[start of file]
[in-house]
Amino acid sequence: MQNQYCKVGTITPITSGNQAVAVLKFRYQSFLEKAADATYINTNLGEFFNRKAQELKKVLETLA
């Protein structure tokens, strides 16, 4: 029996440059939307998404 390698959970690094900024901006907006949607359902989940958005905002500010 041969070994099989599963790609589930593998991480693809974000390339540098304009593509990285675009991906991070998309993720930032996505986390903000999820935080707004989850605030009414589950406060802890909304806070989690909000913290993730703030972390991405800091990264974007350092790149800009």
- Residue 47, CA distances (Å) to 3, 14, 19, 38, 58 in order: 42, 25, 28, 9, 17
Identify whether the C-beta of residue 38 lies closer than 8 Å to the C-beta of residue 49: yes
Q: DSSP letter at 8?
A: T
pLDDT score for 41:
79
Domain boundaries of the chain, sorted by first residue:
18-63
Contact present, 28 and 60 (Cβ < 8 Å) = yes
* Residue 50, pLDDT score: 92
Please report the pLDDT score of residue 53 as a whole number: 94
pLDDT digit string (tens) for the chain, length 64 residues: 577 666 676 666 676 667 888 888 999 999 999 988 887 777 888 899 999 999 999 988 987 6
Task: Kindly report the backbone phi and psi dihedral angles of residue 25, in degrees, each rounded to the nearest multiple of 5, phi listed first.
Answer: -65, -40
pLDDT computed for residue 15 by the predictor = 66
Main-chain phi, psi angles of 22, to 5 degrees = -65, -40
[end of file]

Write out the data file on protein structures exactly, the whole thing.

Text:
[in-house]
Amino acid sequence: MQNQYCKVGTITPITSGNQAVAVLKFRYQSFLEKAADATYINTNLGEFFNRKAQELKKVLETLA
């Protein structure tokens, strides 16, 4: 029996440059939307998404 390698959970690094900024901006907006949607359902989940958005905002500010 041969070994099989599963790609589930593998991480693809974000390339540098304009593509990285675009991906991070998309993720930032996505986390903000999820935080707004989850605030009414589950406060802890909304806070989690909000913290993730703030972390991405800091990264974007350092790149800009």
- Residue 47, CA distances (Å) to 3, 14, 19, 38, 58 in order: 42, 25, 28, 9, 17
Identify whether the C-beta of residue 38 lies closer than 8 Å to the C-beta of residue 49: yes
Q: DSSP letter at 8?
A: T
pLDDT score for 41:
79
Domain boundaries of the chain, sorted by first residue:
18-63
Contact present, 28 and 60 (Cβ < 8 Å) = yes
* Residue 50, pLDDT score: 92
Please report the pLDDT score of residue 53 as a whole number: 94
pLDDT digit string (tens) for the chain, length 64 residues: 577 666 676 666 676 667 888 888 999 999 999 988 887 777 888 899 999 999 999 988 987 6
Task: Kindly report the backbone phi and psi dihedral angles of residue 25, in degrees, each rounded to the nearest multiple of 5, phi listed first.
Answer: -65, -40
pLDDT computed for residue 15 by the predictor = 66
Main-chain phi, psi angles of 22, to 5 degrees = -65, -40